i is a real-valued function of the real variable x. When we

consider sequences

M=0,1,2,...} with J fixed, we often omit the

superscript (J). We tirst show that the functions

then

and

if

form a Sturm sequence, ihis means that if, for some

have opposite signs. We apply Sylvester's determinant

given by (2.1), (2.2). Using subscripts to denote the

deleted rows and columns, Sylvester's identity is

By symmetry,

We identify

and therefore

Also, (2.3) is valid if we identify A0(jc)= 1 and take j= 1. We exclude the possibility that

by using the Frobenius (* * *) identity, which would imply that A7(jc)=0 foe all j if any two successive A's vanish at the same value of x. Therefore (2.31 is a Sturm sequence.

To locate the roots of AM(x), which are the poles of the [M+J/M] Pade approximant, we consider the Sturm sequence (23) and recall that / >0. The first few members of the sequence are

From the representation (1), we have the general properties that

We define Xjj. to be the A:th zero of Aj(x), as is shown in Figure 1 and according to the following interlacing scheme:

at

From (2.3),

and from (2.4)

therefore

at

Figure 1. The sign of the first four Pade denominators of Stieltjes series for x<0.

therefore

lhe complete argument tor the interlacing ot the zeros ot A -(jc) lollows by induction in an obvious way. In short, A^(.x) = 0 has roots x = xJk, for k = 1,2,..., j which lie on the negative real axis and are distinct, because each zero of A -_,(jc) lies in an interval (xjk , ,, xjk). Hence the poles of the Padé approximants are distinct and lie on the negative real axis. To prove that the residues are positive, we use the identity (3.5.18),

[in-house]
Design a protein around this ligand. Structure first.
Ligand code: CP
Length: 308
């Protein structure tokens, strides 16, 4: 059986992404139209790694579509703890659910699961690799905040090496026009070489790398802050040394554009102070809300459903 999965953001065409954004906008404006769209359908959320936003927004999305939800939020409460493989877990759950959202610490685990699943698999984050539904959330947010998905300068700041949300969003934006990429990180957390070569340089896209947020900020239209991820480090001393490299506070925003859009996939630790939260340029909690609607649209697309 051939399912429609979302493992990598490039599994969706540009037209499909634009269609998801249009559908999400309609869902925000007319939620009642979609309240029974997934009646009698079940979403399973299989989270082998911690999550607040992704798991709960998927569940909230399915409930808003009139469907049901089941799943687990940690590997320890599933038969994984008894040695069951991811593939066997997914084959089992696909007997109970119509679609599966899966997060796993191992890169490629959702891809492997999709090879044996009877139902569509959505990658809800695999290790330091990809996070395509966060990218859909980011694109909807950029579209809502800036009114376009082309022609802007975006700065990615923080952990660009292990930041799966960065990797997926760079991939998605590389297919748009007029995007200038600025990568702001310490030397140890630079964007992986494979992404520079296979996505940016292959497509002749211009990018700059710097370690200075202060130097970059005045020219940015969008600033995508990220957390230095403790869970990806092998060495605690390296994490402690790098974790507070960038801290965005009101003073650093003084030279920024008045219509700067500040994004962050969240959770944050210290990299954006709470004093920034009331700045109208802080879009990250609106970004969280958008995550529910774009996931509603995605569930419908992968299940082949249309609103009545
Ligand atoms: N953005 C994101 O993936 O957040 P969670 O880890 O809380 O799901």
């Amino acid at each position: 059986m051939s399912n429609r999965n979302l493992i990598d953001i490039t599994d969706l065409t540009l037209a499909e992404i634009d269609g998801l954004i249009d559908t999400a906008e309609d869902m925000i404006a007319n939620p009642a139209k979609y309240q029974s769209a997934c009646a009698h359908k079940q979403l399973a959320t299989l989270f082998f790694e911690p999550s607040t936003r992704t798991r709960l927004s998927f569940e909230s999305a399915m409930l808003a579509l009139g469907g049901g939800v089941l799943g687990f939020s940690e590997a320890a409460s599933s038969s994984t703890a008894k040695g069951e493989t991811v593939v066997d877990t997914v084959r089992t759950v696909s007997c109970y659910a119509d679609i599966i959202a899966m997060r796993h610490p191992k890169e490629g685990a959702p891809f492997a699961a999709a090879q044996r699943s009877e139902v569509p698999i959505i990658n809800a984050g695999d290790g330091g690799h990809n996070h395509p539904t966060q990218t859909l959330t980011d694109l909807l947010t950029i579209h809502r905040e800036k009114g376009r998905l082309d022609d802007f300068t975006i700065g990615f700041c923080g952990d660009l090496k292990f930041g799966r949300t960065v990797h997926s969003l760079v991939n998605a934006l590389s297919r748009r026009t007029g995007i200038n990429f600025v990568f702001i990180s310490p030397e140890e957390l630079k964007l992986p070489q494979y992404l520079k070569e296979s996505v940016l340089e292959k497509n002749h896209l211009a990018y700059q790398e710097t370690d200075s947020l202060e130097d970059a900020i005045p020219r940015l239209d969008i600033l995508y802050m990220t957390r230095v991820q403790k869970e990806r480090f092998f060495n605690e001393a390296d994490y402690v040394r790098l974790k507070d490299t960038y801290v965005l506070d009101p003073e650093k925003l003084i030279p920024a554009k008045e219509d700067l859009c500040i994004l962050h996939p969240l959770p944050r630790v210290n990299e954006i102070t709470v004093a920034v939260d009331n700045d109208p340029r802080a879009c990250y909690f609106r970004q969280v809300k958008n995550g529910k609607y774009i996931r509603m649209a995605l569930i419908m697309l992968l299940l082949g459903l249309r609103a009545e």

Writing P[M+J/M\x) = TM{x) for short, it follows from (2.6) that

and at the particular root

Because Am+1(a:) is a polynomial of degree M+ 1, A'm+1(a:) has precisely one zero in each interval (xM+[ k, xM+[ k+[). Therefore, since AM+1(0)>0,

and so

Thus the residues of the poles of the Pade approximants are positive, and the theorem is proved.

From (2.3) and (2.5)

We now proceed to consider properties of the diagonal and first subdiag- onal sequence of Pade approximants to Stieltjes series for x>0.Theorem 5.2.2. Let    z)j be a Stieltjes series. For z real and

positive, its Pade approximants obey the following inequalities'.

Remark. The proof uses properties based on the determinantal inequali­ties for the coefficients fj which are used to construct the Pade approxi­mants. Like the other theorems of this section, it does not assume the representation (1.2) which characterizes the basic function.

Proof. From (3.5.18), the (%) identity is

From the proof of Theorem 5.2.1, the denominator functions           (and

are positive for x>0. By virtue of (2.2), (2.7) and (2.8) follow from (2.13) with / = — 1 and /=0 respectively. From (3.5.20), the (**) identity is

Hence (2.9) and (2.10) follow from (2.14) with / = — 1 and/ = 0 respectively. From (3.5.17), the (* *) identity becomes

are positive; see Exercise 1. We define

for

(2.1 H follows from (2.15). The coefficients of every power of x in

and note that each r > 0, which implies that

Hence

and these also hold when differentiated once.

Proof. The proof follows that of the theorem in every respect.

The essential result of Theorem 5.2.2 which is carried further is that the [M~\/M] Pade approximants, for fixed ,x>0, form a strictly increasing sequence. This leads to a convergence theorem after some preliminary theorems.